Wednesday, March 28, 2012

Starting Leeks and Peppers

"Just because we can do something, doesn't mean we have to do it."

I'm not sure who to attribute this saying to but, I like it. And I've decided to apply it to starting tomato seedlings in my basement.  Just because I can start tomato seedlings doesn't mean I have to.  So, no tomato seedlings for me.  They take up too much space and there are always plenty of varieties available at the garden store.

But, because I collected some seeds from our own cayenne pepper plants, scored a free pack of Jalapeno pepper seeds from Sage Gardens (perhaps from a door prize at a conference), I decided to start some pepper seeds.

I also started some leeks since I had such great success with them last year.

Leeks planted March 26, 2011

Leeks 2011

Hot peppers planted March 26, 2012


Tuesday, March 27, 2012

Garden Plans 2012

It's time to make some plans.  Gardening Saturday is this weekend and I want to be prepared so I know what seeds to buy and what questions to ask.


After sketching out our 30x 40 garden plot, considering planting companions (e.g. onions and carrots go together well to help control carrot flies), ensuring plant rotation and leaving a little space for the kids, I came up with the above plan.  Compare this to the one from last year - Garden Plans 2011.

Notice that I've split our plot into 4 quadrants.  This makes it easy to rotate my crops, which helps control weeds, disease, soil nutrients and pests at least a tiny bit (and every bit helps).   Basically, I just move all the same things from one quadrant into the next quadrant.  In 4 years, the zucchini and pumpkins will be back in the same quadrant. The circle in the middle is where the teepee goes - it provides our dog a shady spot, allows me to keep a few odds and ends down at the plot and is great for scarlet runner beans.

All those Gs in the back refers to the garlic I planted in the fall.

This was the first year I used grid paper to draw my plans.  It made it really easy to estimate how much space I'll need for all the things I want to plant.  Of course, things never work out exactly as planned, but a sketch like this helps me to stay focused on an overall course of action.

Now that my plan is done, I went to the handy dandy planting chart I created last year (also see top bar of this blog - When to Plant or see last year's blog post Planning the Garden). The chart tells me what I need to plant, when and whether to start indoors or seed directly into the garden.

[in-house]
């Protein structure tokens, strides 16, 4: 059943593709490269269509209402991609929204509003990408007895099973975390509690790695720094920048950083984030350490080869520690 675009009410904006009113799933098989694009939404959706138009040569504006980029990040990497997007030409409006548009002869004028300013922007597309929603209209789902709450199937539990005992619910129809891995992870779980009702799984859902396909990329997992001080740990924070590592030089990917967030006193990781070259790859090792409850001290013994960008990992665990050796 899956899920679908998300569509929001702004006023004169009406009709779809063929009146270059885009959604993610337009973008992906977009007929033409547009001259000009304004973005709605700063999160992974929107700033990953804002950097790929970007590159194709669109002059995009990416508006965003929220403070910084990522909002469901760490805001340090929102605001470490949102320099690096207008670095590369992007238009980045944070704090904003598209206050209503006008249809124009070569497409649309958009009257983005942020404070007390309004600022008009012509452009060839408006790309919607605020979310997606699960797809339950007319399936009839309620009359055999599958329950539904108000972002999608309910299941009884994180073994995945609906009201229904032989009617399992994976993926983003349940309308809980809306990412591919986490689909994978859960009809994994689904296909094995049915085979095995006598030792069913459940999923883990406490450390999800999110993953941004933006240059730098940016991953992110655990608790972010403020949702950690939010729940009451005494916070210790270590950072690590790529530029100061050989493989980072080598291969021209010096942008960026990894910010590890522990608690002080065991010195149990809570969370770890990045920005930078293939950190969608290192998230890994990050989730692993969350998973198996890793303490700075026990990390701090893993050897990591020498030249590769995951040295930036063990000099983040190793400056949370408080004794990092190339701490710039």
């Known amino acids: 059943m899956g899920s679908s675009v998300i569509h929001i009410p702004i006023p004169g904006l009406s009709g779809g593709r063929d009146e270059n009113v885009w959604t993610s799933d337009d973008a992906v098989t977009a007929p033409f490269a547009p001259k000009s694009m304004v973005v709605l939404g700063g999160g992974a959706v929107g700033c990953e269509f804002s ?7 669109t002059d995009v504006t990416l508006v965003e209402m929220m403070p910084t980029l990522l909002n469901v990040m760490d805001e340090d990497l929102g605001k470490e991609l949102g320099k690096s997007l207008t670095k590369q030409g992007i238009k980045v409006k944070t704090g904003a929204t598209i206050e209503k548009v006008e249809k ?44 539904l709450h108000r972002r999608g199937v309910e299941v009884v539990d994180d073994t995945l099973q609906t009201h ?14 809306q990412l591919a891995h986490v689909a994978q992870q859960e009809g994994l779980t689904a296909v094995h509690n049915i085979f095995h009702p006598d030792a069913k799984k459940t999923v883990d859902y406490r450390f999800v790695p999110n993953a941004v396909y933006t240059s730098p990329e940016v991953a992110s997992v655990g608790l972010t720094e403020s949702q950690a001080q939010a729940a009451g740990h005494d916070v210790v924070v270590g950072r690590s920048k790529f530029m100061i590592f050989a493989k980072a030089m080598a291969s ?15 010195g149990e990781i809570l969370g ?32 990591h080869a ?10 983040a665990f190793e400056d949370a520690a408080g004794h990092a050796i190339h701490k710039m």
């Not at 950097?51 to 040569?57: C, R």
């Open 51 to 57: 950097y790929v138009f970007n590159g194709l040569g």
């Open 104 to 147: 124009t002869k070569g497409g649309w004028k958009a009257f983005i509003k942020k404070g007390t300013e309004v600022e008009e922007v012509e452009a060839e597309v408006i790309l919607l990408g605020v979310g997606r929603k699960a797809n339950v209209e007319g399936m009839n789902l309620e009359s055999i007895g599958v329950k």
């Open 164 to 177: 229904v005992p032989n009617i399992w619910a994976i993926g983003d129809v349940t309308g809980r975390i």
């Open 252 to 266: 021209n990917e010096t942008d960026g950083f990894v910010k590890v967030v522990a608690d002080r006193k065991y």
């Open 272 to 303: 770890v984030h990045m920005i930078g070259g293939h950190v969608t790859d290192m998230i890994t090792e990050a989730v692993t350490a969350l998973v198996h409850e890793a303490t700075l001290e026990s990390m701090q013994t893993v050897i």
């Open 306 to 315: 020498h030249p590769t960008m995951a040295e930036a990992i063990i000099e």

I know that peppers, leeks, tomatoes are things I need to think about right away.  Am I going to start seedlings or am I going to get them from the garden store?  If I'm going to start seedlings - this is the week to do it!

Having looked through my seed box, I also know which seeds I need to buy.

Planning is done, next step buying seeds and starting seedlings. 

Monday, March 26, 2012

A Fruitful Winter

My life has been taken over by fruit.  Usually, I would be pouring over seed catalogues and planning my garden layout since January but this year, all my attention has been focused on finishing the Prairie Fruit Cookbook (click for a preview).

I am happy to say, the recipe testing and writing are finished!  The book is currently at the printers.  A limited number of copies will be available this weekend at Gardening Saturday - the rest will be available for the book launch at McNally Robinson's on April 30, 2012.

This book started out as a 40 page booklet on where and how to donate backyard fruit in Winnipeg.  It was going to include a couple of recipes and preserving ideas.  That was the plan in April 2011.  Things turned out a little differently.

The book has turned into a 226 page reference guide/cookbook that includes over 150 tested recipes and preserving techniques with colour photos throughout.  For each of the nine prairie fruit chapters, it covers how to identify, harvest, store, and share that fruit.  From apple pie to chai plum jam to fruit leather, it is a one-stop resource.

The battle for my time this spring will be between the garden, Fruit Share and promoting the Prairie Fruit Cookbook (of course my family gets a little of my time too!).  Will I be able to resist the lure digging in rich black earth under a golden sun?